• And that is probably WHY you are a published memoir writer! I don’t feel I managed to nail what I wanted to say in this post, despite it’s immense length. But it’s something about how the ideal experience of publishing (rarely available in the real world) needs still to accompany the writing (even though few of us will publish traditionally). Looking outwards to the world is a fundamental part of the creative process, perhaps one of the most important parts, as far as I can see.

  2. “writers think about publication as a joyous event, and quite possibly one that will solve all their problems – financial, moral, existential. Whereas most of us who have published limp bloodied from the arena, humiliated by having failed to make the crowd go wild. My premise in this post is that – like so many modern phenomenon – publishing is an awful experience and yet still we want it beyond all reason.”

    You have said it eloquently. If only the legions of desperately wannabe authors were actually listening!

    I’ve published (so far) two non-fiction books with major American commercial houses. It is a deeply instructive experience, and all the gauzy fantasies evaporate very, very quickly when they send you the contract and offer you an advance (yes, really) whose final payment is 12 months after publication.

    In what parallel universe does the word “advance” mean a year later?! When it fits their P & L statement (profit and loss), not your wistful notions of a mansion by the sea…

    I really wonder why becoming an author of a published work is seen as such extraordinary validation of one’s worth that people long for it with such fervor. I’m proud of my books, (well-reviewed, decent sales for the second one) and don’t (much) regret the personal savings I spent on the first one to support myself, in effect subsidizing Simon & Schuster.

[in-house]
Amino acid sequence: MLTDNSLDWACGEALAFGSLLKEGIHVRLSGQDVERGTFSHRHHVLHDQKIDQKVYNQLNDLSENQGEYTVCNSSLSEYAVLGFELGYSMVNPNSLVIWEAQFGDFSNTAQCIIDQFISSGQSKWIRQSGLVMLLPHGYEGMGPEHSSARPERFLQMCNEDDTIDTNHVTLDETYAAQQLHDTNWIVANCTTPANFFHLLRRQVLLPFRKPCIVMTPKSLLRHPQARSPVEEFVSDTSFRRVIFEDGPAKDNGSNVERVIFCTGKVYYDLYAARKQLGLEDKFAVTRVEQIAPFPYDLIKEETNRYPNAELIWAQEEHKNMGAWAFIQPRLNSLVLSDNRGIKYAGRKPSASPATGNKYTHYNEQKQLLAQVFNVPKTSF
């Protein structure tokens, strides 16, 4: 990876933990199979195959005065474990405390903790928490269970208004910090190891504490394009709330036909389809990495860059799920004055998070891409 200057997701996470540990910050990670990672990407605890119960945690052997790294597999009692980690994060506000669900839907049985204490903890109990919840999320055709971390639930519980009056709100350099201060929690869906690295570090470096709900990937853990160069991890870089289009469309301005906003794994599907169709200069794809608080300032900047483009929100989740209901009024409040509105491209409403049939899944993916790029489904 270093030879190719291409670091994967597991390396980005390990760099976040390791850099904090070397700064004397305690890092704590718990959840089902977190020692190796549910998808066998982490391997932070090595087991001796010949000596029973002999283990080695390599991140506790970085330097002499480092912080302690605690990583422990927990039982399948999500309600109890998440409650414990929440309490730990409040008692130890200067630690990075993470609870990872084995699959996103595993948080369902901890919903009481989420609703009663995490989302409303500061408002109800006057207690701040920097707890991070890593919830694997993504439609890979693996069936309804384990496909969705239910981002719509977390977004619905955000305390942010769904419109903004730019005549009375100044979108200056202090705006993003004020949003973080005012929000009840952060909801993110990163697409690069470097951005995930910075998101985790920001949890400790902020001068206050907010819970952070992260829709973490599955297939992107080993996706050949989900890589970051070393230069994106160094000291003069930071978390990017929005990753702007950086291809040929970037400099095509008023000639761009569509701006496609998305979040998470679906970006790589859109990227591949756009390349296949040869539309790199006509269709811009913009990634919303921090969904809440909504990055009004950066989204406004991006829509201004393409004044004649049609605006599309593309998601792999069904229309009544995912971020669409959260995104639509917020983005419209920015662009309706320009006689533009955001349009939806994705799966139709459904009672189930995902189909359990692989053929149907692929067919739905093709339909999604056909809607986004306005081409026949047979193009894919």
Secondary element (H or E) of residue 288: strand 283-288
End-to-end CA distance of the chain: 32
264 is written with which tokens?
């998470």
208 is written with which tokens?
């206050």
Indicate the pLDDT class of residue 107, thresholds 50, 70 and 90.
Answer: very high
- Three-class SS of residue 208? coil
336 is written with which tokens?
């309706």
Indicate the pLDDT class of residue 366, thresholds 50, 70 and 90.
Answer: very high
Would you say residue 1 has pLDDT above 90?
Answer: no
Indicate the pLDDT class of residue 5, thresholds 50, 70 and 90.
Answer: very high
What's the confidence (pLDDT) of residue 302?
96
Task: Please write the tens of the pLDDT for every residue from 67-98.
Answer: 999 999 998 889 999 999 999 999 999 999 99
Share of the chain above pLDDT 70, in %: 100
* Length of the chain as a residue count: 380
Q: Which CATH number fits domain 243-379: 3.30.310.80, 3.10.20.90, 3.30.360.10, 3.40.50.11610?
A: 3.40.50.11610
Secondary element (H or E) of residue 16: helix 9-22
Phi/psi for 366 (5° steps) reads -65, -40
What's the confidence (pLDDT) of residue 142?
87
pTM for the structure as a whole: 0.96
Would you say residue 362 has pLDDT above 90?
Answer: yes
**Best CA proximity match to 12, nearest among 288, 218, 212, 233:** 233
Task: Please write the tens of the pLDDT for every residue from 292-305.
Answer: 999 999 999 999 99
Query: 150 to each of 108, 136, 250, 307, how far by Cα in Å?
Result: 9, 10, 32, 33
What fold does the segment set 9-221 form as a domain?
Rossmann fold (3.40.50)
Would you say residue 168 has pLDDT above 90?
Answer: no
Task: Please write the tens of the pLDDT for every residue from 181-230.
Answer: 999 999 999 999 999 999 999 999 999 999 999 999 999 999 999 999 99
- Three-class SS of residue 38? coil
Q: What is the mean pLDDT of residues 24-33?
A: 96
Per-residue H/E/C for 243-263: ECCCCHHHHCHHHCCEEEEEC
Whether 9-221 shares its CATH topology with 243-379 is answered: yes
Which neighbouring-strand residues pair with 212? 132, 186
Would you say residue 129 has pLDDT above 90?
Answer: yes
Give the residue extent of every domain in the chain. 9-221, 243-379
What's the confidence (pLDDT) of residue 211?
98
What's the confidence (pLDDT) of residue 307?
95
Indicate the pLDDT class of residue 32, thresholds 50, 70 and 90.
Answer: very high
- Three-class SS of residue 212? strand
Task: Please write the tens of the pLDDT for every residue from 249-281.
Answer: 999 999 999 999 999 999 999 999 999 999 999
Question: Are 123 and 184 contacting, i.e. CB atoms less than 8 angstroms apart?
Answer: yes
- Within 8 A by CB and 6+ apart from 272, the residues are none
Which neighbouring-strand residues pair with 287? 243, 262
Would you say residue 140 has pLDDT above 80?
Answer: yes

But I write books for a variety of reasons. My moral, financial and existential problems — annoyingly! — remain as yet unsolved by this specific channel.

    Well said and very much in need of saying.

    • An advance paid twelve months after publication??? Oh that’s a brilliant example of the madness. It IS a really weird, puzzling business this publishing thing, isn’t it? I feel very much like you do, that I’m proud of the things I’ve published, but (and maybe you feel the same) the writing of them really was the best part. Your penultimate paragraph really made me laugh, and nod my head in agreement….

      • Crazy! (That 4-part payment? Penguin books, caveat author…)

        I do love writing books and hope to produce more. But all the other stuff, esp. including the endless costs and energy of promoting and marketing them…not so much.